Neelie Kroes:research and Innovation in ICT: Time for radical change?

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Ladies and Gentlemen,

Our world is changing fast. Twenty years ago few had heard of the Internet. Today, it’s used by 2 to 3 billion worldwide; it’s a trillion-euro marketplace; it’s the platform for innovation transforming every sector from healthcare to transport.

These days, it’s hard to predict how the world will look in a few months, let alone years: there’s so much potential in the path ahead.

Those changes are thanks to research and innovation; in new technologies, new products, new business models.

But those changes also enable a new kind of research and innovation: open, agile and collaborative. Innovation using new forums like online collective platforms; new resources like open data; new techniques like data-mining.

The EU has long supported research and innovation. And rightly so: it’s the best way to invest in future growth. And it delivers better when we do it together: when we pool our resources for economies of scale, and let the benefits spill over across borders.

Our investment has already delivered great things. And that support will continue: for the 7 years of Horizon 2020, from 2014 to 2020, we have proposed 80 billion euros of investment, of which around one fifth for ICT. Across the spectrum, from pure research to pure innovation, and all the bits in between.

That support should continue. But it also needs to change.

Because the tools that supported ICT in yesterday’s world won’t work in tomorrow’s. The pace of change, the capacity for new disruptive ideas, is simply too great.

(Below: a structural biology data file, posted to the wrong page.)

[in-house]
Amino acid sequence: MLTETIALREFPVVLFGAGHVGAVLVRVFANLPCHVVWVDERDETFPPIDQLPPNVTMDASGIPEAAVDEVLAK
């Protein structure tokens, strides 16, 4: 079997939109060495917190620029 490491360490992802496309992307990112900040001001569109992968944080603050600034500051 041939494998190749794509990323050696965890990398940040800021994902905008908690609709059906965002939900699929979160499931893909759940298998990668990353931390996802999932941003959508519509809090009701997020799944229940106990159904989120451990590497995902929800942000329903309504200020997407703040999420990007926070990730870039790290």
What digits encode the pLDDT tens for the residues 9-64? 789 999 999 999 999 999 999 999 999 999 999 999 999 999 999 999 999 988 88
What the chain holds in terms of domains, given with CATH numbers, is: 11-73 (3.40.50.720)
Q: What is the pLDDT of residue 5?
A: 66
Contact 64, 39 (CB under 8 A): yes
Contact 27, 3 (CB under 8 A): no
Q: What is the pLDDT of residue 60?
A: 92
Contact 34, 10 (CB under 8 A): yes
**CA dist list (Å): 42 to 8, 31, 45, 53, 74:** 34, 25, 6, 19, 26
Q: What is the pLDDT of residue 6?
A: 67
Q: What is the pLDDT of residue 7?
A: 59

We must update our policies and practices for the digital world.

Better innovation needs new ideas, more agile support, and a culture where it’s OK to take risks. If you’re an entrepreneur, and you don’t take a risk, you don’t innovate; it’s that simple. It’s time that this philosophy also spread more to the public bodies who support innovation.

There are a number of things we need to do. Already we’ve set out how we will make Horizon 2020 easier to use: with a simpler architecture, more streamlined funding schemes and the lowest possible administrative burden.

But we need to go further. We need to give our research and innovation the three C’s: more challenging; more coherent; and better at boosting competitiveness.

First, remember that great innovation isn’t about keeping the status quo: it’s about challenging it.

It’s radical, disruptive, and sometimes non-linear – especially for emerging technologies. So let’s make space for that in Horizon 2020.

Here’s what I want to do.

I want to try out support for truly open, disruptive innovation in ICT. Allocating perhaps 5% of funds to create an open, agile, responsive funding instrument. Starting an experiment to support creativity and innovation.

I also want to inspire innovators: with inducement prizes for solutions to major technical and societal challenges; however disruptive.

I want to show procurement agencies across Europe the benefits of buying innovative technologies, even before they hit the market. Show them how they can save taxpayers’ money – and stimulate a new generation of technology leaders at the same time.

And most of all, I want us to be more challenging and responsive in how we manage projects. There’s nothing wrong with taking a risk. But if a project turns out not to work as intended, funders should be able to stop it, and free up innovators for other challenges.

Equally, if a project exceeds expectations, if it works, great! Then we should prioritise it, for example supporting private fundraising for it, and exploiting its results faster.

Second, innovation needs to be coherent.

At the moment, we work within our own safe little boxes, researching in separate subject silos, or funding from separate pots of money. We still too often see policy issues as distinct islands; ‘societal’ challenges as unrelated to ‘industrial’ or ‘academic’ ones.

And many actors, as beneficiaries, are quite happy staying in their silo, too comfortable to risk breaking out of them.

But this isn’t right. The areas we are working in aren’t distinct and separate: they are inherently linked, different parts of the same puzzle. Here to read more.

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